With this movement towards government change, the idea that this was a newfound period in Brazilian politics. However, with the imprisonment of Lula two years after the end of his presidency and the impeachment of his successor, Mr. Langevin believes that the growth and change Brazil saw from the early 2000’s – 2012 was an anomaly and that Brazil will convert back to its pre-Lula state. One of Brazil’s greatest obstacles is overcoming internal corruption within the government. It is crucial that the fight for government accountability and corruption be non-partisan. While the Brazilian presidential election is later this year, Mr. Langevin is not optimistic about the results.
As part of my scholarship requirement, I am involved in various international organizations on campus. This year, I participated in the Global fellows mentoring program and OUA Ambassadors. The mentorship was a continuation from last semester, where I kept the same group of freshmen I was matched with. As with last semester, it was difficult to communicate and meet up with my mentees due to schedules and overall communication issues. While I like the idea of the mentee/mentor program, I think it needs some adjustments to be as effective and helpful to the incoming freshmen. Since this was the first year the program was enacted, there some difficulties that were unexpected or certain things to be tweaked. While I Weill not be able to participate in the program since I will not be in Norman next year, I look forward to getting involved again once I get back to OU.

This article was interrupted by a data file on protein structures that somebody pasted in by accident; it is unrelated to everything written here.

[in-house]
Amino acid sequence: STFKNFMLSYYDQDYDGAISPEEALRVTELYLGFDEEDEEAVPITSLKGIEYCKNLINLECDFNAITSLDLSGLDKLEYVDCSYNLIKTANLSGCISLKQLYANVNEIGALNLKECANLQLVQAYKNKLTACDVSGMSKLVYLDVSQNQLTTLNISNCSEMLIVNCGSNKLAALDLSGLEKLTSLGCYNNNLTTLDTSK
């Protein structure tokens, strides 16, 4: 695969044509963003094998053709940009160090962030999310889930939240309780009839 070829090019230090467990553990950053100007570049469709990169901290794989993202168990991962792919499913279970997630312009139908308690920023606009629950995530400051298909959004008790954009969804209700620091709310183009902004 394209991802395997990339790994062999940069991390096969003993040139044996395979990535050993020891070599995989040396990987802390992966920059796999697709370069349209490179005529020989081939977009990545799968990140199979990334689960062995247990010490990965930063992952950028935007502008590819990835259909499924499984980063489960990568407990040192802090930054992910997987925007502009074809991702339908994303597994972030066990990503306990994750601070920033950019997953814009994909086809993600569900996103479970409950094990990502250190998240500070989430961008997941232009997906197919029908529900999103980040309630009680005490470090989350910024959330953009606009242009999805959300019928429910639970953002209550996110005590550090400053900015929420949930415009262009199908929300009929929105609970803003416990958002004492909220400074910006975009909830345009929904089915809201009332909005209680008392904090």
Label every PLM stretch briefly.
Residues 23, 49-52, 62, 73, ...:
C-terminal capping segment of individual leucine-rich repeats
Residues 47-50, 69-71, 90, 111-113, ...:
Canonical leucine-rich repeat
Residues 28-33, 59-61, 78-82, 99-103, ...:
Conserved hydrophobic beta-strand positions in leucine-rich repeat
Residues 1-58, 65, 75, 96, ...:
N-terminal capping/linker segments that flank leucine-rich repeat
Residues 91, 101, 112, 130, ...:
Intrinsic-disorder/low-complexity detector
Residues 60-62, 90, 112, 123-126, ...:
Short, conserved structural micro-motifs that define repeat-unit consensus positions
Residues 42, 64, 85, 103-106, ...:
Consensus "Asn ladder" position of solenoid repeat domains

One of my favorite international events that I attended this year was Eve of Nations. I’ve wanted to go since freshman year, but haven’t been able to go until this year…and it was even better than I imagined. I was only able to attend the show, but I really wished I had also gone to the dinner (it looked delicious!). Many international groups in campus performed music or had a fashion show, after which the student organizations had a dance talent-type show. The Native American group that sang/danced and this drumming (I believe Japanese-style) were simply amazing, but were not part of the overall competition.
While all of the groups were very talented and creative, the ones that really stuck out to me were the Angolan Student group and the Indian Student association. The Angolan group stylized their performance as a story through song and dance, depicting a slow blossoming love story (there was even a Lion King inspired part!). The Indian student association’s dance was very interesting because the music they danced to was a mix of more traditional-sounding Indian music with Western influences. For instance, they performed to Ed Sheeran’s “Shape of You”, but tweaked it to sound more traditional. The performances were absolutely amazing and watching it made me wish that I had been able to attend the previous years’ Eve of Nations.
An international event that I really enjoyed was the Water Scarcity dinner and panel talk. The panel included two men who created a documentary about water and food access in China, a woman who works with fisheries in New Orleans, a PhD student, and a professor who specializes in water in the Middle East. The talk opened with each of the panelists discussing their experiences with the growing water issues that are plaguing are planet. These were followed with what these professionals thought should/needed to be done to help slow down the increasing water scarcity. I really enjoyed listening to the perspectives of the men that created the documentary and learning about their experiences while in China.